Insurance could play a constructuve role. ALl this creates good data on a driver's true risk. Possibly also lower rates for those who do not make mistakes. Failure to yield to a pedestrian could ring a bell and add a calculated risk factor, so that at least some people would stay engaged in their driving even while it became safer. Companies might also provide lower rates for giving up some autonomy to violate traffic rules (albeit with manual over-ride to do so always there), but regardless the data would encourage it in a way that only one's conscious or a speed-cam do today.

by Jim Titus on Oct 15, 2010 11:47 am • linkreport

@charlie, or the system becomes cheap enough to operate that it's not worth the expense of a fare collection system to collect $0.25 per ride, so the local governments operate it for free.

by Michael Perkins on Oct 15, 2010 11:48 am • linkreport

This is about as pressing and urgent a question as, "What will happen to urban living when we all live on the moon?"

by Simon on Oct 15, 2010 11:49 am • linkreport

@engrish_major: The advantage of autonomous vehicles is the reaction time. It takes a human hundreds of milliseconds to brake in response to the car ahead braking, which necessitates a longer following distance to avoid rear-ending. A computer could react probably hundreds of times quicker, which is why you can have much shorter gaps between cars.

by dand on Oct 15, 2010 11:50 am • linkreport

@dand: I understand that. And the distances could be reduced. However, stopping distance is still greater at 15 MPH than at 5 MPH, regardless of the reaction time of the driver. Thus, at lights, each car will still have to wait for the requisite distance to be achieved before proceeding. And, I could even argue that on highways, distances would be even greater with autonomous cars, because I doubt that the average driver currently on 495 leaves a safe distance in front. Autonomous programs would probably allow for safe stopping distance, which might exceed the average distance between cars at this time.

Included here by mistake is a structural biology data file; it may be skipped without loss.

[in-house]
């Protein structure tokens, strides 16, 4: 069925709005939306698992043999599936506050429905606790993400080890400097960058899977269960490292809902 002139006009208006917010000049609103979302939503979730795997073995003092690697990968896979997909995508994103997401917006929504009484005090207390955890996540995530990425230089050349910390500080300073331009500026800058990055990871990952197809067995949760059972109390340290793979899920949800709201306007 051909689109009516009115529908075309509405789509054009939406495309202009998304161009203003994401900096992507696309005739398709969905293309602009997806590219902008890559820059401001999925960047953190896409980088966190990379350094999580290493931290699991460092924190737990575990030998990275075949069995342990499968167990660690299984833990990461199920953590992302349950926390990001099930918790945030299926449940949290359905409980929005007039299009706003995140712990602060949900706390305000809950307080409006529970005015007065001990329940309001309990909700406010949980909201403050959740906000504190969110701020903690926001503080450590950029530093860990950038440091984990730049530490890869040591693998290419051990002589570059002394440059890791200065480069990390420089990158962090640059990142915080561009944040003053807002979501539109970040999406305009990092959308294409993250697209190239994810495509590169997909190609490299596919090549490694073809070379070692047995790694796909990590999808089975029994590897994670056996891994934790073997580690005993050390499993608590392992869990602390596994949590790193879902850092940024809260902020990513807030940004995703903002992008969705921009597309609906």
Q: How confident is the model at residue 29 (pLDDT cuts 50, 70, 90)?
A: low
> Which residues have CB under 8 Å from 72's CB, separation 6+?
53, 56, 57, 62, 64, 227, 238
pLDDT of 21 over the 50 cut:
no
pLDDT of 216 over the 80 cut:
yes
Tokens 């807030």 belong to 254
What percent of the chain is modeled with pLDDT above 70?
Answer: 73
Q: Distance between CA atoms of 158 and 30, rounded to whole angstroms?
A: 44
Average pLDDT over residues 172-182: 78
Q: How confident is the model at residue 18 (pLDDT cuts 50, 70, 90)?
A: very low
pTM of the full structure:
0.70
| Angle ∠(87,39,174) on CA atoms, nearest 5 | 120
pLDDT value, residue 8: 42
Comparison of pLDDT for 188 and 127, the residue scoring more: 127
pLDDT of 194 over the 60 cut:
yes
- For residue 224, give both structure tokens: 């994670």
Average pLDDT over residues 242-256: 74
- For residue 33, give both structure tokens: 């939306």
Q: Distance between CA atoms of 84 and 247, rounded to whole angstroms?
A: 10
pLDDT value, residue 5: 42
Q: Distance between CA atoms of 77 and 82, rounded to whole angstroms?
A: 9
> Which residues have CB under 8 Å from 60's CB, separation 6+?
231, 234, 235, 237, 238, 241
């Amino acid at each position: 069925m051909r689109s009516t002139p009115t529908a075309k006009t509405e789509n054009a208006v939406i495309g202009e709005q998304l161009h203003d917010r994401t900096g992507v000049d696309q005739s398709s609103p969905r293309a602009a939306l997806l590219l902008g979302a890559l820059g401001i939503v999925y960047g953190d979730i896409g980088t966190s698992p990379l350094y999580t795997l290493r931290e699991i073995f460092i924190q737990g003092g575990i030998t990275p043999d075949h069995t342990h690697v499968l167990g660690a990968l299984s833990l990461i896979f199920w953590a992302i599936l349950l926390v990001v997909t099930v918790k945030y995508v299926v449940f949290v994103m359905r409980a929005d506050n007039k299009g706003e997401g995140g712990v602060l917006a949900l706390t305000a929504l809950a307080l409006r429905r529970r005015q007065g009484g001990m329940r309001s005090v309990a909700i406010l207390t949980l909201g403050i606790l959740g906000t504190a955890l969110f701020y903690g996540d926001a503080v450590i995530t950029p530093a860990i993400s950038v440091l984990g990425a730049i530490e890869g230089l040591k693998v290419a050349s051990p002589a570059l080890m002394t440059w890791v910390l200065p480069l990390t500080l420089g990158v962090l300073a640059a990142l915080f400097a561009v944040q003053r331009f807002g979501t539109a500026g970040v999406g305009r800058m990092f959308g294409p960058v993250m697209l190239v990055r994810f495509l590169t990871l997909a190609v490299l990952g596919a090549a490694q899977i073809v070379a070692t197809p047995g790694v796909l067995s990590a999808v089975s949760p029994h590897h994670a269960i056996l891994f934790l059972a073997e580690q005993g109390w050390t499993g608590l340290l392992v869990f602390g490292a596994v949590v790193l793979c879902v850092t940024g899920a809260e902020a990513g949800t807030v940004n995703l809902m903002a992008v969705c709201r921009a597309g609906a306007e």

by engrish_major on Oct 15, 2010 11:56 am • linkreport

@dand: unless you're strapping everyone down in five-point harnesses, you won't be able to exceed more than about 1/2 G for deceleration, which means a stopping distance of about 80 feet even with no reaction time. A reaction time of 0.1 second adds 5 feet to that.

by Michael Perkins on Oct 15, 2010 12:01 pm • linkreport

engrish_major: No, that's incorrect. The stopping distance is greater, but all the cars can start to brake at the same time. As long as the front car sees an obstacle within x feet, it can start braking, and the rear car can start braking at the same time.

Think of it this way. A semi pulling a trailer has 2 independent pieces, connected with a bar. (Some have more.) When it's at rest, the trailer is a certain distance from the cab. When it speeds up, they're still the same distance. The trailer doesn't need to back up 20 feet to maintain a stopping distance. Thet's because as soon as the cab hits the brakes, the trailer will start to slow down immediately.

In longer combo trucks, I think there are rear brakes that are separate, but connected by wire to the cab. As soon as the driver hits the brakes, the extra rear brakes kick in too. Again, this allows the whole unit to stop at once without needing stopping distance in between.

For the autonomous vehicles, think of them as a big long single vehicle. They start as one and stop as one. They can be any tiny distance apart, as long as they act as one. Maybe there will be a small delay based on the communications protocol, but that's miniscule.

Of course, this assumes that the communication is pretty darn reliable. You'd need to make sure there were backups. Maybe they communicate by Wi-Fi, and also each car talks to the next via infrared, giving two ways to keep in touch.

by David Alpert on Oct 15, 2010 12:04 pm • linkreport

A few points:
You write that "even a small increase in vehicle volume will bring many freeways to a halt, making commuter rail more attractive time-wise, so it's not likely to have a large effect." I disagree. Traffic is caused primarily by human error, not by volume. Autonomous cars could drive with virtually no space between them because there would be no sudden stopping. Imagine a line of cars with only inches between them moving at speeds unimaginable by today's standards. These cars would also be extremely energy efficient because of gains made from drafting and the ability to eliminate safety measures from cars and use light weight materials.